BWW Review: THE SOUND OF MUSIC and Our Favorite Things

BWW Review: THE SOUND OF MUSIC and Our Favorite Things
Let's start at the very beginning with a few of our favorite things from the new touring production of "The Sound of Music." An outstanding orchestra, striking scenic design and magnificent nun's chorus make an immediate impression in Jack O'Brien's adaptation of the Rodgers and Hammerstein musical. Purists will be glad to see a script close to that of the original, and O'Brien has found a Maria that will delight all.
Kerstin Anderson stars as the young nun sent to take care of the children of widowed Captain Georg Von Trapp. Anderson has a rough start in a mediocre, yet well-sung version of the title song, but she quickly becomes a favorite with her fresh enthusiasm and cheerful nerve. Opposite Anderson, Ben Davis' Captain Von Trapp is strong in conviction and gentle in demeanor, not difficult or forceful, but struggling to find steady ground amidst political forces and the loss of a loved one. In the Captain's moment of revelation, Davis gives a raw, tear-jerking response - just a few seconds, but by far among the most memorable.
The seven children who - with Maria's help - open his eyes meet all standards of cuteness, especially the youngest, Gretl (Anika Lore Hatch) an intelligent and quick Brigita (Iris Davies), and the burgeoning Liesl (Sacramento native Paige Silvester). Unfortunately, these very talented cast members are poorly balanced and sometimes difficult to hear. It could be a sound issue unique to Wednesday's opening or it could be a more permanent problem. In any case, the tour is not without its share of minor "bee stings."
O'Brien based his production on earlier versions of the musical, so we are treated to a special moment between the Mother Abbess (Melody Betts) and Maria as they reminisce about their "Favorite Things." But this version also includes two earlier songs for the Baroness and Max, friend of Captain Von Trapp. The additions are fun, but require flawless talent and precise timing. The former we get in the impeccable operatic duo of Teri Hansen and Merwin Foard, but the latter is an obstacle throughout. O'Brien chose a marvelous, Broadway-studded cast, but the ensemble has trouble with pacing.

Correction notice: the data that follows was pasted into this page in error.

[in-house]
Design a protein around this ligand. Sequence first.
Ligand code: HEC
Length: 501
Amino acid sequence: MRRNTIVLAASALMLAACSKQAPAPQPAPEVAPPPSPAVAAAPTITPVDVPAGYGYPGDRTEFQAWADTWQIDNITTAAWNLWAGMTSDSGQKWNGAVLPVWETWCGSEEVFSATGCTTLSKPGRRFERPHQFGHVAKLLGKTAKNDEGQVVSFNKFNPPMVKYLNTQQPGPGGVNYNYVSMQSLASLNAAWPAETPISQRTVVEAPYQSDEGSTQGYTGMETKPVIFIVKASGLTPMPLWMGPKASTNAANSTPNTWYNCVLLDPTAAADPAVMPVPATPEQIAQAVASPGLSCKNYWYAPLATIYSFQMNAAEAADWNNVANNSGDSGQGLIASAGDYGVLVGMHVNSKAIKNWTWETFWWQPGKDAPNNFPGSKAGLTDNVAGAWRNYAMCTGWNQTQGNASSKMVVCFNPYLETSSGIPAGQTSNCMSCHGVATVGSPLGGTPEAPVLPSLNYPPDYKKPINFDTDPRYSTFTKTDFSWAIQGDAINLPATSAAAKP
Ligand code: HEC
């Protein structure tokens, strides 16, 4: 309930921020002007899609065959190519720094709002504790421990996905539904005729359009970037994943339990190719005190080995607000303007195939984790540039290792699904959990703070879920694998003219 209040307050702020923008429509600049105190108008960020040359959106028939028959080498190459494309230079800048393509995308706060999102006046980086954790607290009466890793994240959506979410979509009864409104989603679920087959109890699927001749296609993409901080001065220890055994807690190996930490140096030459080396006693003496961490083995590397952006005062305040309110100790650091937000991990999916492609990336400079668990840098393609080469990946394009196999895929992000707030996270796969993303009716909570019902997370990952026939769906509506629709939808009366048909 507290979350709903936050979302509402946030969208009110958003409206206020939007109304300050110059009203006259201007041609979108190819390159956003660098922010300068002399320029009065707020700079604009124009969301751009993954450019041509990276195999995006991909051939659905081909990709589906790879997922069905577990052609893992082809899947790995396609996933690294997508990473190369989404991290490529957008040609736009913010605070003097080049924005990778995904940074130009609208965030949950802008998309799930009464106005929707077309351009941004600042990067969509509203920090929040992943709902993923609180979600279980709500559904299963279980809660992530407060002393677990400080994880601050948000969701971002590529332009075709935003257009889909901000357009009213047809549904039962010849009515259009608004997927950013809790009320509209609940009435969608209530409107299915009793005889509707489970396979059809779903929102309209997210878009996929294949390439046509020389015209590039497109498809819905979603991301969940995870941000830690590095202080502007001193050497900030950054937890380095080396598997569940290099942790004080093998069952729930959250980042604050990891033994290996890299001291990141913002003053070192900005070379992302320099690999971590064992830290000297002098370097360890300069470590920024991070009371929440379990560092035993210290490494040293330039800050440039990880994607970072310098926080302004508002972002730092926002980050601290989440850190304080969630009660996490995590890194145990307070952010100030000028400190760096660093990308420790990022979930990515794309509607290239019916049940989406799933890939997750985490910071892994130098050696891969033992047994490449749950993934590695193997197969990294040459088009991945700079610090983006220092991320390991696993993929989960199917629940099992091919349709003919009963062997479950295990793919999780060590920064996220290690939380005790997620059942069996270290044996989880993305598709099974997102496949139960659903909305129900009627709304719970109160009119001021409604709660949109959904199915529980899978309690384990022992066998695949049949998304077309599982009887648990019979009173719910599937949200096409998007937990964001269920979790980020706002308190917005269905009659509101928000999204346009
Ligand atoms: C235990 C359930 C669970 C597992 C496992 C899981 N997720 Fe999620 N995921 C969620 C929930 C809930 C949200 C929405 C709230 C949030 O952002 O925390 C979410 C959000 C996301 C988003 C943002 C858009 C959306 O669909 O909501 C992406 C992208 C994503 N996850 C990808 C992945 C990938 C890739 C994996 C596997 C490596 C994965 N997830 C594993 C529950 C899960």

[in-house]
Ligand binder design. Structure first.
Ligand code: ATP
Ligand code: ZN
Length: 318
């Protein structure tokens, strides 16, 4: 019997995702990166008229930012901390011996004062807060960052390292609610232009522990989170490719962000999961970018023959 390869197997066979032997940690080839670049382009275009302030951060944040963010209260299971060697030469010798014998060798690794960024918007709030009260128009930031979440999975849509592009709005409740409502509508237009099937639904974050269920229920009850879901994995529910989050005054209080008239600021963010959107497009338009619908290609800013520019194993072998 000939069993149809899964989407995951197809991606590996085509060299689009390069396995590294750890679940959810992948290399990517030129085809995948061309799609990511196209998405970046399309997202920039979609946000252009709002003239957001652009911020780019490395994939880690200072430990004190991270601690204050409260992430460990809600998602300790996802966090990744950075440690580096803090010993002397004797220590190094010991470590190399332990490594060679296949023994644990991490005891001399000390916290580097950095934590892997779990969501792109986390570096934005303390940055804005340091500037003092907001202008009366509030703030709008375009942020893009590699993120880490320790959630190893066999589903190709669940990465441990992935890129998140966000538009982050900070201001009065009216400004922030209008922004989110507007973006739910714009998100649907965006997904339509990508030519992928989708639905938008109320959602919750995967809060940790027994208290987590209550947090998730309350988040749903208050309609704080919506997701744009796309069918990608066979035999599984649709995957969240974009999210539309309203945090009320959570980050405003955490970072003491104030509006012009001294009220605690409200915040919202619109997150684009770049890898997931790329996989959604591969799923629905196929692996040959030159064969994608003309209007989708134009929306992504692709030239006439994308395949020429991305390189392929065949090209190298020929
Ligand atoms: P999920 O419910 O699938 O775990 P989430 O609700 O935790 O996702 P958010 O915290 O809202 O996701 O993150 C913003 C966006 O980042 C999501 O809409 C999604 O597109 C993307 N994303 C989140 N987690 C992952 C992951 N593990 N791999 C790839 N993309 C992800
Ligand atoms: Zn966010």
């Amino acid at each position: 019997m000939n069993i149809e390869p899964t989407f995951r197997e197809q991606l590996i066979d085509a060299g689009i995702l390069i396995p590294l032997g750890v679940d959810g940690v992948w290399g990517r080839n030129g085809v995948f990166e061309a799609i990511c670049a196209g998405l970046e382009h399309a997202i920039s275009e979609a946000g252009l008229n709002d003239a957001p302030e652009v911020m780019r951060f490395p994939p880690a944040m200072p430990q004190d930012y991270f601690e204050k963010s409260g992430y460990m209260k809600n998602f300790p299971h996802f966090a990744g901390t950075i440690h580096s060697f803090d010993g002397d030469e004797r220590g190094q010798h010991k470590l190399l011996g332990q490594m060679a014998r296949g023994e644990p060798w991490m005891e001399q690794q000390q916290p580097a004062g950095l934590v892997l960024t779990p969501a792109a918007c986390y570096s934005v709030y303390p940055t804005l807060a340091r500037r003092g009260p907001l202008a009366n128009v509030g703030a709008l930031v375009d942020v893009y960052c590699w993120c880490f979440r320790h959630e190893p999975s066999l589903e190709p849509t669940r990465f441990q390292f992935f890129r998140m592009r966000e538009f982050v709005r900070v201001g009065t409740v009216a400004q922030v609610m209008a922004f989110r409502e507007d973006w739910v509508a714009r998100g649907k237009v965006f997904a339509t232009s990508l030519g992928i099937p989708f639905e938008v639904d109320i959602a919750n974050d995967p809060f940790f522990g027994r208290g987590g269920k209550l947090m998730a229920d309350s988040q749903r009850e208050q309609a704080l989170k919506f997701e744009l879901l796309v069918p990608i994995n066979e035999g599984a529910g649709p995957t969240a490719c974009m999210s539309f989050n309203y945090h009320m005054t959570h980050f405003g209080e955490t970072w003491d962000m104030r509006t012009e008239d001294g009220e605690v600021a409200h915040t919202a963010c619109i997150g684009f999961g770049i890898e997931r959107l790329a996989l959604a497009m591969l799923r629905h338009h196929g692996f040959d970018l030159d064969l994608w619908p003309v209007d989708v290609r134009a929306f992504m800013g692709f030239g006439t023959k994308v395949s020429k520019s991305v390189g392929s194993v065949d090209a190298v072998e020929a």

Other odd staging and choreography choices appear occasionally, but do not hurt an otherwise pleasant production. Natasha Katz provides dazzling columns of lights in a stunning Nonnberg Abbey. Scenic designer Douglas W. Schmidt uses moving columns and smooth transitions to create the various locations. His mountain backdrop (which goes strangely missing during the ballroom scene) bleeds through grand windows and lace-like walls with a captivating color palette. Of course, Rodgers and Hammerstein's beloved songs are bound to steal the show, but costume, lighting, and scenic design comes in close second.

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THE SOUND OF MUSIC
Broadway Sacramento
Through November 6



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From This Author Harmony Wheeler

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